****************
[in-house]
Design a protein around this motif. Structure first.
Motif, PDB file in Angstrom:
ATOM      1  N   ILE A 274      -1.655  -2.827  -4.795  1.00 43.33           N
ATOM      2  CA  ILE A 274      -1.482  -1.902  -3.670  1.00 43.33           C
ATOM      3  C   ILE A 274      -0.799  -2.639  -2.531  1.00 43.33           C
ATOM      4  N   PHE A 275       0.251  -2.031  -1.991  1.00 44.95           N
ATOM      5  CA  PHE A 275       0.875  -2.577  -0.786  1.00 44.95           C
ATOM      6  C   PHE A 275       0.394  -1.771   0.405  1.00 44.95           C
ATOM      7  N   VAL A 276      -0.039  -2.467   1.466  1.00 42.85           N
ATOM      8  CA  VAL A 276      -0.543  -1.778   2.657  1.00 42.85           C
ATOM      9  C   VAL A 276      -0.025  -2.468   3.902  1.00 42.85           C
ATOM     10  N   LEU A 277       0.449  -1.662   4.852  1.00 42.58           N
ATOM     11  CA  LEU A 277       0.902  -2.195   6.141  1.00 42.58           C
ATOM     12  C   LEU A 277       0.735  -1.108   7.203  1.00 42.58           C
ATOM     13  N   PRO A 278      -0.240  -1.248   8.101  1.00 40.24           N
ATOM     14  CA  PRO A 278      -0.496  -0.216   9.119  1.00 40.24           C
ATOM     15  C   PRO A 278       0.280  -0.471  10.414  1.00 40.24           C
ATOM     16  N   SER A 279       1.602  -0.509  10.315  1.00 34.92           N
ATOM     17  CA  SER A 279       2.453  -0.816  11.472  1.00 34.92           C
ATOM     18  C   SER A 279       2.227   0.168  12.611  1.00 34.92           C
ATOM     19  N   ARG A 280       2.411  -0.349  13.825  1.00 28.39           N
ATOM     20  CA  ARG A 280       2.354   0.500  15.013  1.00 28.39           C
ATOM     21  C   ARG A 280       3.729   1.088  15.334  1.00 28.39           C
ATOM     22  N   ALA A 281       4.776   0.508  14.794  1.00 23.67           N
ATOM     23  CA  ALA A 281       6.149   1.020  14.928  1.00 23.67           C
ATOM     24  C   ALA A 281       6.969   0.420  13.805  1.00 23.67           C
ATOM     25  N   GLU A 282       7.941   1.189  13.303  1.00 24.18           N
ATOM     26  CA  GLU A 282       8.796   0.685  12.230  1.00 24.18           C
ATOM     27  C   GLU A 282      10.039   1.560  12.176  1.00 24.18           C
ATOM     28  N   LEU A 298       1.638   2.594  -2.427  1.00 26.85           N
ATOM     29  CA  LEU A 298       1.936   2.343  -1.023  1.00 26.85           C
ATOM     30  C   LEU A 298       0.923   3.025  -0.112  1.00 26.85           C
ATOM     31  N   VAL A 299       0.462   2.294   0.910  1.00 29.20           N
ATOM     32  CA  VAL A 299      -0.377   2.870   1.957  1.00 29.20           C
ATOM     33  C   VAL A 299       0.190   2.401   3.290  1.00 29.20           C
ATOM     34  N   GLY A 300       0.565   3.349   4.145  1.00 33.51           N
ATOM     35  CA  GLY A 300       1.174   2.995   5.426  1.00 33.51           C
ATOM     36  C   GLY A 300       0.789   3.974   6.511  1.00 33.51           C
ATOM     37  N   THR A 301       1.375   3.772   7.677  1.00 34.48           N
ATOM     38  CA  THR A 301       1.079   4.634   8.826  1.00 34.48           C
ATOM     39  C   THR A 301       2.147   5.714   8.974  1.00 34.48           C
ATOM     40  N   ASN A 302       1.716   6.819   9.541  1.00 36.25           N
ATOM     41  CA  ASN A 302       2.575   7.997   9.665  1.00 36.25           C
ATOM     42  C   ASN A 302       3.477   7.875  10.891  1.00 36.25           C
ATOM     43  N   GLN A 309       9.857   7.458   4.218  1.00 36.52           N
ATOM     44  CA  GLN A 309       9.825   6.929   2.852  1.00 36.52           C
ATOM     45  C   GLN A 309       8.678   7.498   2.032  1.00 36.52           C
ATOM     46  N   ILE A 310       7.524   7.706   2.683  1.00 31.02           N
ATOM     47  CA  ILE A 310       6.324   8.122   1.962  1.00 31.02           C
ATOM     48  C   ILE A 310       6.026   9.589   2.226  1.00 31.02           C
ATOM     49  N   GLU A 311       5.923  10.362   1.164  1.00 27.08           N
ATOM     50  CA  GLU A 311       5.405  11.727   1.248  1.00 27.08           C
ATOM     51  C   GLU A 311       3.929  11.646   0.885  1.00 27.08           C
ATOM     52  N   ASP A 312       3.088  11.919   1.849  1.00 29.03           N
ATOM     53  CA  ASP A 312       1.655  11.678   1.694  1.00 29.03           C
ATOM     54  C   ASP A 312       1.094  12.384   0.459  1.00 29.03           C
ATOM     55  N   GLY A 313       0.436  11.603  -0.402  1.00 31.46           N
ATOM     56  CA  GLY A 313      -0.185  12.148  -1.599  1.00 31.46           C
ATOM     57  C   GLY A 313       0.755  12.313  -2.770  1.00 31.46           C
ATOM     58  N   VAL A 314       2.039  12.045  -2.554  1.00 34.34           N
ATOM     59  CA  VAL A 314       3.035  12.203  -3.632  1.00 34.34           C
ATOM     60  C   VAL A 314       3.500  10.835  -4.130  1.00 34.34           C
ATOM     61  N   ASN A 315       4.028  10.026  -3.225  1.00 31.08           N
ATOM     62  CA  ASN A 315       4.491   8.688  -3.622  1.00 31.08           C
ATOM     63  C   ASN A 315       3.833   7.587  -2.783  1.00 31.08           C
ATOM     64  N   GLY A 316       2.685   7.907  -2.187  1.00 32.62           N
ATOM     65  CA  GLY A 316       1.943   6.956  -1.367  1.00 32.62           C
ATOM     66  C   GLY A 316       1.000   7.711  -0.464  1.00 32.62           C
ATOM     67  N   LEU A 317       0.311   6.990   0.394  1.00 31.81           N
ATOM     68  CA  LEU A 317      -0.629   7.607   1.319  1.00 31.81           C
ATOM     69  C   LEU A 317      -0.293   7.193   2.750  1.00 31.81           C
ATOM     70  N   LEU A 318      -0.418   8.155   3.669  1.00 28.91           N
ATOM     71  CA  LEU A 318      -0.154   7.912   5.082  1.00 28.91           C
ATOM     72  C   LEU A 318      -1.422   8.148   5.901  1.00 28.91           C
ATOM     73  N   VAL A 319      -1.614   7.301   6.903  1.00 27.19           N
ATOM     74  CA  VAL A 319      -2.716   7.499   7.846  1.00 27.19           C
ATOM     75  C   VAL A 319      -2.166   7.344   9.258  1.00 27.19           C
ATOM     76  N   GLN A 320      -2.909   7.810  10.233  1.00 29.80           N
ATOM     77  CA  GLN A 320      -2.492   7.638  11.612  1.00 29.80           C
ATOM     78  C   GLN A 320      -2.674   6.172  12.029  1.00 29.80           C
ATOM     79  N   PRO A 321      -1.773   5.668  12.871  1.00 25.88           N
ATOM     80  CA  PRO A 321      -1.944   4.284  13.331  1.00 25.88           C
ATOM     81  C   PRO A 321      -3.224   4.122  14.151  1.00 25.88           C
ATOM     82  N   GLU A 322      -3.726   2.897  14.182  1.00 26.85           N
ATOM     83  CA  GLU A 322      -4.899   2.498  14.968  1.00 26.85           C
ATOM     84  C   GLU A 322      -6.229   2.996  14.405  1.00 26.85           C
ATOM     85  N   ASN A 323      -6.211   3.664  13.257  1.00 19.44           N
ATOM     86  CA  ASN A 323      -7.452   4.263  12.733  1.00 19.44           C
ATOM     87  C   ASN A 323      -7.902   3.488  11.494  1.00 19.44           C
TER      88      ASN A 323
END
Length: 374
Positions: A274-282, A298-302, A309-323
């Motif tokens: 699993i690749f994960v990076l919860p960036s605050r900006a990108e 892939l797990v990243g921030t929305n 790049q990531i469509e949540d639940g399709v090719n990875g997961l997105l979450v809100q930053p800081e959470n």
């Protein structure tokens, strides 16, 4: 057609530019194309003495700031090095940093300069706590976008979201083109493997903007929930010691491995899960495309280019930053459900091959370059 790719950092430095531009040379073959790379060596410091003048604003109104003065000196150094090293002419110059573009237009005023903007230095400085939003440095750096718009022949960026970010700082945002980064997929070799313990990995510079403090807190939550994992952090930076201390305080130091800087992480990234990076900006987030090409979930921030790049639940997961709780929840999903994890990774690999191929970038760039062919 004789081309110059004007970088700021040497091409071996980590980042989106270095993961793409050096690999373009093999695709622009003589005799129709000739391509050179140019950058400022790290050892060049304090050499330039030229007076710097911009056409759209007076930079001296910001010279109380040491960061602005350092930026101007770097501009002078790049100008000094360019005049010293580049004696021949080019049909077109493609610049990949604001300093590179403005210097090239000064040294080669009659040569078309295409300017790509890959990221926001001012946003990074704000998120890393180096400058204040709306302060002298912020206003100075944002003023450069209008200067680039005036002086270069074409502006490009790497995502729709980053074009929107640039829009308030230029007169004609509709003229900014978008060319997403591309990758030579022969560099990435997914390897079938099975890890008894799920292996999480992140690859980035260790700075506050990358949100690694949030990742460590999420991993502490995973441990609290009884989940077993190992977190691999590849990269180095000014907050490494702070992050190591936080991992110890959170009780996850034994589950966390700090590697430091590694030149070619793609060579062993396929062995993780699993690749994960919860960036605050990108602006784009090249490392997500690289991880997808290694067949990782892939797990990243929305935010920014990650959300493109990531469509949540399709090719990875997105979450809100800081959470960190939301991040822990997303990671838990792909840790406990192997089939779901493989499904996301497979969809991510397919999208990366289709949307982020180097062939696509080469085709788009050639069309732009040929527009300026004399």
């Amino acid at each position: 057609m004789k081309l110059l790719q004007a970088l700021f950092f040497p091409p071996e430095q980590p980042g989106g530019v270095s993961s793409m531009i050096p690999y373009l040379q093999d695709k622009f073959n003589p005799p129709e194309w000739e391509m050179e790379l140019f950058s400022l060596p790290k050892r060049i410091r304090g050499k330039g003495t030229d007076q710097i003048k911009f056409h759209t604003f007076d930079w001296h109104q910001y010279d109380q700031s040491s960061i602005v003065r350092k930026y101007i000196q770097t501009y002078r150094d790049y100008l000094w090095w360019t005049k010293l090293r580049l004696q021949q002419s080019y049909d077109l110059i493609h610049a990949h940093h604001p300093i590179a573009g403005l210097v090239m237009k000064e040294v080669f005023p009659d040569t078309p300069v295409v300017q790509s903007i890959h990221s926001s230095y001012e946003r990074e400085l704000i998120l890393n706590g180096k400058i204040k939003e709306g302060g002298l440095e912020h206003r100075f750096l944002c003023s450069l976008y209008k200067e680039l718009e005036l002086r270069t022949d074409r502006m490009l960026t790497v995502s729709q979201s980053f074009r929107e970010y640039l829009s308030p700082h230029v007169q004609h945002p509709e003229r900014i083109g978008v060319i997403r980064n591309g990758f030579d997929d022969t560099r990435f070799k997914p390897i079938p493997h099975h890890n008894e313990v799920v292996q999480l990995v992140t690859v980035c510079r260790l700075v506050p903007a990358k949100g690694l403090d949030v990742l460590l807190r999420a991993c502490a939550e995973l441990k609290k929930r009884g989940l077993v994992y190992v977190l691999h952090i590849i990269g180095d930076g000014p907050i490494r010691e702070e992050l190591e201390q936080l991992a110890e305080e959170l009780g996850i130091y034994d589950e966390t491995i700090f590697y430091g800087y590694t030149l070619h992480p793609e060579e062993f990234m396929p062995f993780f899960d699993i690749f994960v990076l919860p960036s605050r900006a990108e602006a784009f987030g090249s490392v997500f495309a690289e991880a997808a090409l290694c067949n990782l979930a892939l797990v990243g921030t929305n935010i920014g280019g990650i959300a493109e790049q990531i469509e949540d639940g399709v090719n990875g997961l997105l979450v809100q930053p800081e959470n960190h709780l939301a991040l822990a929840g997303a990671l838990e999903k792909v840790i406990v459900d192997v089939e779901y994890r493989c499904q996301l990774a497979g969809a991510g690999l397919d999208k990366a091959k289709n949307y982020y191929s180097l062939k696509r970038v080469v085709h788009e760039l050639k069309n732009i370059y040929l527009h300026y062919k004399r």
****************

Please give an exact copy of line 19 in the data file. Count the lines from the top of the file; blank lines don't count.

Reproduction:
ATOM     16  N   SER A 279       1.602  -0.509  10.315  1.00 34.92           N